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7 Ways You Can Prepare for Your Personal Injury Case

Topics: Auto Accident, Personal Injury

7 Ways You Can Prepare for Your Personal Injury Case Have you recently suffered an injury as a result of another person or entity's carelessness or negligence? If so, then you may be entitled to compensation. Before you tackle a personal injury case, however, there are some things you should know.
  1. Avoid Common Mistakes
Understand the most common mistakes made in personal injury cases and how to avoid them. This includes ignoring the statute of limitations in your state, discussing your case on social media, or even being untruthful about what happened.
  1. Obtain Necessary Documentation
In order to file a lawsuit, you'll need some important documentation. This includes any relevant police reports, medical paperwork (including hospital bills), incident reports, and any other official documentation related to what happened.
  1. Meet with the Right Lawyer
A personal injury lawsuit isn't something you want to tackle alone. Consult with an experienced and knowledgeable lawyer who has worked with clients in a position similar to yours in the past.
  1. Understand the Process
Speak with your lawyer about what to expect from the process, especially in terms of its length. Many personal injury cases can take months or even years to resolve, so make sure you're informed and prepared.
  1. Prepare for Deposition/Testimony
If your personal injury case goes to court, you'll likely need to testify in front of a judge. This can be a nerve-racking experience, and it can be helpful to speak with your attorney about what to expect and what to say, especially during cross-examination.
  1. Discuss Settlement Possibilities
Not all personal injury lawsuits will go to trial. In fact, your lawyer's goal will be to settle out of court, as this speeds up the process and makes things easier on you as well. Therefore, it's important that you speak with your attorney about what kind of settlement you'd be willing to accept.
  1. Stick to the Facts
Finally, remember to stick to only the facts throughout the entire process. If you lie or even intentionally omit important information about your case or accident, you could find yourself in a great deal of trouble with the law. Be honest with your lawyer so he or she can help you out as much as possible. Looking for legal assistance with your personal injury lawsuit? Schedule your consultation with an experienced personal injury attorney today by contacting The Law Offices of Scott Warmuth toll-free at 888-517-9888.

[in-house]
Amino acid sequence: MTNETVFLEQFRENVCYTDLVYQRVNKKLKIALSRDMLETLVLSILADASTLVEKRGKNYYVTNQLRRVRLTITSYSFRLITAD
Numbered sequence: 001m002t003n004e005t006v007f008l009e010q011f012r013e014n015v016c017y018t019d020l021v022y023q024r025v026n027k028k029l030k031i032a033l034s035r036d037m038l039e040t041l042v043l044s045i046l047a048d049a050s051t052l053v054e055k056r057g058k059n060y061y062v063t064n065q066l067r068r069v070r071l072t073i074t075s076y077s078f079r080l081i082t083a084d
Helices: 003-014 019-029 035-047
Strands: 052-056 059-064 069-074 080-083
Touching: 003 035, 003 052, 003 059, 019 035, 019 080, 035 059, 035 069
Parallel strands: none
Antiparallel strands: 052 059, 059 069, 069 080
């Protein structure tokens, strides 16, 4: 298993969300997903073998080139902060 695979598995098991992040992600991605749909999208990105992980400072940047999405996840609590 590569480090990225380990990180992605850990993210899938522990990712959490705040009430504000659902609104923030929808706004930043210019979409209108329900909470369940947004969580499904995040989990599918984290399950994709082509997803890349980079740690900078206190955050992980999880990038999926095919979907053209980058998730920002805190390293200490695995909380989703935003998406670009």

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Topics: Auto Accident

Prevention is the best cure for most things in life. This is especially true when it comes to auto accidents. These four tips will help you prevent many potential accidents on the road. Check Your Tires Routinely Did you know that tire failure is the cause of nearly 11,000 crashes every year? Tires are an important part of routine car maintenance, and tires that are going bad can be deadly on the roads. These three “tests” can help you identify problems with your tires: 1. Tire Tread 2. Tire Pressure 3. Tire Age The tread of the tire refers to the grooves in the tire. Deeper groves means the tire is better able to grip the road while you drive. Test the tread by inserting a penny into the deepest groove on the tire. Make sure you’re using the penny upside down with President Lincoln facing you. If you can see the profile of his entire head, then you need to replace your tires. For tire pressure, the PSI you should expect is listed on the wall of the tire. Use a tire pressure gauge to determine if your tire is properly inflated. The age of your tire is also listed on the wall of the tire. The average tire has a useful life of 60,000 miles or anywhere from six to ten years. Warm Your Car Properly Always allow the car to warm up before going in the morning. Allow it to idle for at least one minute and avoid turning on the heater or air conditioner while it’s warming up. Check Your Coolant Frequently Check your coolant at least once every season of the year. Use this time to check other fluids, such as windshield wiper, power steering, and battery fluids. Change your oil every 3,000 miles. Inspect Lights Regulary Make sure both headlights and taillights work. Without lights that work, others may not see that you’re preparing to make a turn, slowing down, or even on the road at all. Failing to use your lights places you and your passengers, as well as others on the road, at risk of an accident. If you have been in an accident, it’s important to work with a car accident attorney who is on your side. Call the Law Offices of Scott Warmuth today to get advice and guidance on what your next move should be.